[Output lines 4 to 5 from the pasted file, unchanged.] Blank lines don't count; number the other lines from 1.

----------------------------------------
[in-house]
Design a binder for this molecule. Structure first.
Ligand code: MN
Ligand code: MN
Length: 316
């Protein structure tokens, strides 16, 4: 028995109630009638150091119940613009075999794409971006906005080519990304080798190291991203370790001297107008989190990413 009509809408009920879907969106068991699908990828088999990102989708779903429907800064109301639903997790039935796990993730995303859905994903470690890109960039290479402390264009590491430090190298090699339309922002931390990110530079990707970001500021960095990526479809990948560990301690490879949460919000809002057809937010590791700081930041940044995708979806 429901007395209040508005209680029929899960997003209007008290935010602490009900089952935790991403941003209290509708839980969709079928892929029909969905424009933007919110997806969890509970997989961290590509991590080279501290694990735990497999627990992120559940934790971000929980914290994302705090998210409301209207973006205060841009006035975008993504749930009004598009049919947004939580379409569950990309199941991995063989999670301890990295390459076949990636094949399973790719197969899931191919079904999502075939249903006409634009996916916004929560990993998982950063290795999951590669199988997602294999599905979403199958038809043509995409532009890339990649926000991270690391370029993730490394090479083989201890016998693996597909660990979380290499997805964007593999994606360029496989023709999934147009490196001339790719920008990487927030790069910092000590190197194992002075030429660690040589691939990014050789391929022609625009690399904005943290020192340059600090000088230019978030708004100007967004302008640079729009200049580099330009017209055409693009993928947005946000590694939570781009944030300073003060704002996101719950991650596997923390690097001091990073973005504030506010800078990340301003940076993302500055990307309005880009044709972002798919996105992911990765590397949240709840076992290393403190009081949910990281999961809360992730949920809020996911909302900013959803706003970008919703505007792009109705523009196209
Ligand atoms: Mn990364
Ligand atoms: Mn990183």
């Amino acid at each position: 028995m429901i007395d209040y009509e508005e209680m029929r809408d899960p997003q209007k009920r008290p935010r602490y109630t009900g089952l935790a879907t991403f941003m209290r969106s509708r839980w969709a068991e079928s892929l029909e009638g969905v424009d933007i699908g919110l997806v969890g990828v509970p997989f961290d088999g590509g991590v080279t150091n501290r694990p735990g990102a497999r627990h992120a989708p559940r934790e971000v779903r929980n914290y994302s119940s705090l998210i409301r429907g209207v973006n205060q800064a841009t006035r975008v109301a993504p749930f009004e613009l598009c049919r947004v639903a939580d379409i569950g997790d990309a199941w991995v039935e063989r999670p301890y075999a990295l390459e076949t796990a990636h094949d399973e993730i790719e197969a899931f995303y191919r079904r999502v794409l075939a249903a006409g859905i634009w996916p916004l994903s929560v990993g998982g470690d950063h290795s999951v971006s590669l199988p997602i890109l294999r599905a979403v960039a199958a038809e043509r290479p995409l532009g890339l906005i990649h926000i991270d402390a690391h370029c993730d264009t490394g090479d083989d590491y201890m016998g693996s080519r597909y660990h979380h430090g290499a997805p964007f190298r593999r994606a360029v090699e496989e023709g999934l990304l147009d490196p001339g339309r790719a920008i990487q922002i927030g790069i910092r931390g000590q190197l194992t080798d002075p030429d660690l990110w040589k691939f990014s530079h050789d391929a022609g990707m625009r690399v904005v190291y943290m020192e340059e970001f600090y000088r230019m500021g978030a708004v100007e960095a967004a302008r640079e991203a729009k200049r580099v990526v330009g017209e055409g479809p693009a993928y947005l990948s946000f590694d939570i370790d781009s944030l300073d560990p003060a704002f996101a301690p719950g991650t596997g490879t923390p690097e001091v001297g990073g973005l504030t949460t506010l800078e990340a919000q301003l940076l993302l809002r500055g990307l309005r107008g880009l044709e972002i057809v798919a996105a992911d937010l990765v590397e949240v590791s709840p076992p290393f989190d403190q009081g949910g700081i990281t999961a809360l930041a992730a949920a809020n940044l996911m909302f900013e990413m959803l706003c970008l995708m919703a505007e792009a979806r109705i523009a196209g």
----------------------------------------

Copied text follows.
Ligand code: MN
Length: 316